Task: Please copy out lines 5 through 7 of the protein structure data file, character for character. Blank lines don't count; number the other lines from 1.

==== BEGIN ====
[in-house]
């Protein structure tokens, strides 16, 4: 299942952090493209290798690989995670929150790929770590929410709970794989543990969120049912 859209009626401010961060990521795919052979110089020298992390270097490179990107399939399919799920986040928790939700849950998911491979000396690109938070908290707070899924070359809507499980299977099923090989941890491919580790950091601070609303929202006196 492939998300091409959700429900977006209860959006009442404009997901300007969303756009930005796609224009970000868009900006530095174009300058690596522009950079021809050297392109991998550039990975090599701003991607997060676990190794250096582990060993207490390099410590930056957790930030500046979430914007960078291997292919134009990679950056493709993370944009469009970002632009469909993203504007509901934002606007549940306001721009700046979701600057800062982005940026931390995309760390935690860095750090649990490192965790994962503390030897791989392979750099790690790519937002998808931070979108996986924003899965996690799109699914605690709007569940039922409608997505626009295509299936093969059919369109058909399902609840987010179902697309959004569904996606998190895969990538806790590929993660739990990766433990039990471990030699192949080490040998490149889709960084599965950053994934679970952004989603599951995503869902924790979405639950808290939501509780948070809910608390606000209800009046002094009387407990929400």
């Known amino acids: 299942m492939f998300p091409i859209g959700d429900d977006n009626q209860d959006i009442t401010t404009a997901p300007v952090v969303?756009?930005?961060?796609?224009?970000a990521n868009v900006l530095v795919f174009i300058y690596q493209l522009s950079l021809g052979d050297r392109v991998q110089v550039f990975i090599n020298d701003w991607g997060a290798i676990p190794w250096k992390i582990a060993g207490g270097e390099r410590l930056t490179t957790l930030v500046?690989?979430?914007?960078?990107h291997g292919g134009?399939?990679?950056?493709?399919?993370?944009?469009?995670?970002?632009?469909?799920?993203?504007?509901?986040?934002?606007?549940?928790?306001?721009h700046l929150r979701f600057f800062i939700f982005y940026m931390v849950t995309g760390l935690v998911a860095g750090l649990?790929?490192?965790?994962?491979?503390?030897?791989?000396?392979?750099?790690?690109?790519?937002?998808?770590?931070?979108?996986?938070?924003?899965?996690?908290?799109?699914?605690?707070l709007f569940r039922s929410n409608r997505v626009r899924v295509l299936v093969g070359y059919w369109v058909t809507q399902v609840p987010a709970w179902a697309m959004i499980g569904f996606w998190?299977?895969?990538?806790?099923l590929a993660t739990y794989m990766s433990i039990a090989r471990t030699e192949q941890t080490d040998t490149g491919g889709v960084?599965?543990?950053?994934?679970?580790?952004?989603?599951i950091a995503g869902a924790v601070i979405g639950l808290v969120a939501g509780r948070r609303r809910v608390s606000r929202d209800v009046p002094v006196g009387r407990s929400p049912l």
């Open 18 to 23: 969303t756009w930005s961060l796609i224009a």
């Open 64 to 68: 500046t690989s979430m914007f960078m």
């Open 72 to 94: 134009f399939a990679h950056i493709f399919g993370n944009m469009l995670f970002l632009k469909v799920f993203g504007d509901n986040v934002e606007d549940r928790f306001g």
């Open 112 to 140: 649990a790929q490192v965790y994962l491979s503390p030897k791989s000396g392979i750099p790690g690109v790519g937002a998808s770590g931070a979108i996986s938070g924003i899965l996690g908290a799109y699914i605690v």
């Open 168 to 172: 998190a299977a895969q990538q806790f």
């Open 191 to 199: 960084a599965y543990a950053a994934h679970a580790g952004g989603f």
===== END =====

């Open 64 to 68: 500046t690989s979430m914007f960078m």
């Open 72 to 94: 134009f399939a990679h950056i493709f399919g993370n944009m469009l995670f970002l632009k469909v799920f993203g504007d509901n986040v934002e606007d549940r928790f306001g």
């Open 112 to 140: 649990a790929q490192v965790y994962l491979s503390p030897k791989s000396g392979i750099p790690g690109v790519g937002a998808s770590g931070a979108i996986s938070g924003i899965l996690g908290a799109y699914i605690v």